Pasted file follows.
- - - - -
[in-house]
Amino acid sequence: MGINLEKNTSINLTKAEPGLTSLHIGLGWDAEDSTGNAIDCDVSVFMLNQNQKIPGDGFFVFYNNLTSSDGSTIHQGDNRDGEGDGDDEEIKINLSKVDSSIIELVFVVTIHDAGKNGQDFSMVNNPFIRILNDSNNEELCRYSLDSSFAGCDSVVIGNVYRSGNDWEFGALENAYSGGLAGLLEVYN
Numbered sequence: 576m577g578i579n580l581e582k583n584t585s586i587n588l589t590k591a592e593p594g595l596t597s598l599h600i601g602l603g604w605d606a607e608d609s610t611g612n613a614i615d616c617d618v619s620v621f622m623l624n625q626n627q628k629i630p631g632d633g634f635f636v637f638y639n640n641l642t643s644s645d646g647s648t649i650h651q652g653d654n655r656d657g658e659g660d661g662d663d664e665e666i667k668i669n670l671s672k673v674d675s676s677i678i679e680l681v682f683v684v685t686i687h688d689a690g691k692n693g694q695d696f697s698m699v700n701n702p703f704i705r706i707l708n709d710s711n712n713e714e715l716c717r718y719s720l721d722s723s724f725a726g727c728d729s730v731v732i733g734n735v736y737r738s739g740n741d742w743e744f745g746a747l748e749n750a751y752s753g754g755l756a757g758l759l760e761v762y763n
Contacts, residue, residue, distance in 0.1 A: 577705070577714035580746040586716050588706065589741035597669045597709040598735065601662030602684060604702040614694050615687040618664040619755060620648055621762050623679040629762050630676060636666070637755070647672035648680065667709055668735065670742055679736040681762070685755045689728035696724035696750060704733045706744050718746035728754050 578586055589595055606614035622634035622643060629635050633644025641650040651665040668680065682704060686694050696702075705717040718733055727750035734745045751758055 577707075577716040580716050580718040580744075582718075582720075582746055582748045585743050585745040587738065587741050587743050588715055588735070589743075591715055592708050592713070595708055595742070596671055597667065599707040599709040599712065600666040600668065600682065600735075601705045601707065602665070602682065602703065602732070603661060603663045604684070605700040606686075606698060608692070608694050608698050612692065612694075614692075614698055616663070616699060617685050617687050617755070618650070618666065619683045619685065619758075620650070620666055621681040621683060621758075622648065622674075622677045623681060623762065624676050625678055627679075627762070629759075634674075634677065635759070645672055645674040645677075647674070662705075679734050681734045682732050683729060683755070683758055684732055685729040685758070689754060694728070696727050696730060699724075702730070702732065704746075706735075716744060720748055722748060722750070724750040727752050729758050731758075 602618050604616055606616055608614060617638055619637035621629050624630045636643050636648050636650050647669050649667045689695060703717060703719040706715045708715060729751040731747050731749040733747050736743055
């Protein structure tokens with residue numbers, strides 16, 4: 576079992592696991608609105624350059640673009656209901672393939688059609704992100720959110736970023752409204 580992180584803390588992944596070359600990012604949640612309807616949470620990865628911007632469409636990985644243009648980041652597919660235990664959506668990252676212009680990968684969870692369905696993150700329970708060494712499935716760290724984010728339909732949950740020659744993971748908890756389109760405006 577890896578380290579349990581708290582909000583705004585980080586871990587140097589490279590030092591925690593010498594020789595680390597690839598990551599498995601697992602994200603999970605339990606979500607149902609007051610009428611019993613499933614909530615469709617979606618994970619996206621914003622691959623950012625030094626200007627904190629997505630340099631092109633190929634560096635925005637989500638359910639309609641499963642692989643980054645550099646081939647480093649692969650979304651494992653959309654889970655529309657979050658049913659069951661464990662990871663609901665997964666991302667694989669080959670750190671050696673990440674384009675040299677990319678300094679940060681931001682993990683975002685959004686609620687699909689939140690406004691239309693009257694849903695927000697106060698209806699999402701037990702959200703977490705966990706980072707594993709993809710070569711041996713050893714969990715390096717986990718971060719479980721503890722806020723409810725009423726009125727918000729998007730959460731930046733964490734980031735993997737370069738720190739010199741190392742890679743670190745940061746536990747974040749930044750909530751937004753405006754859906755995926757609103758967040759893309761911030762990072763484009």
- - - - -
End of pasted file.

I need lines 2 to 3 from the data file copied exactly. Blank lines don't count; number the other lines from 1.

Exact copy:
Amino acid sequence: MGINLEKNTSINLTKAEPGLTSLHIGLGWDAEDSTGNAIDCDVSVFMLNQNQKIPGDGFFVFYNNLTSSDGSTIHQGDNRDGEGDGDDEEIKINLSKVDSSIIELVFVVTIHDAGKNGQDFSMVNNPFIRILNDSNNEELCRYSLDSSFAGCDSVVIGNVYRSGNDWEFGALENAYSGGLAGLLEVYN
Numbered sequence: 576m577g578i579n580l581e582k583n584t585s586i587n588l589t590k591a592e593p594g595l596t597s598l599h600i601g602l603g604w605d606a607e608d609s610t611g612n613a614i615d616c617d618v619s620v621f622m623l624n625q626n627q628k629i630p631g632d633g634f635f636v637f638y639n640n641l642t643s644s645d646g647s648t649i650h651q652g653d654n655r656d657g658e659g660d661g662d663d664e665e666i667k668i669n670l671s672k673v674d675s676s677i678i679e680l681v682f683v684v685t686i687h688d689a690g691k692n693g694q695d696f697s698m699v700n701n702p703f704i705r706i707l708n709d710s711n712n713e714e715l716c717r718y719s720l721d722s723s724f725a726g727c728d729s730v731v732i733g734n735v736y737r738s739g740n741d742w743e744f745g746a747l748e749n750a751y752s753g754g755l756a757g758l759l760e761v762y763n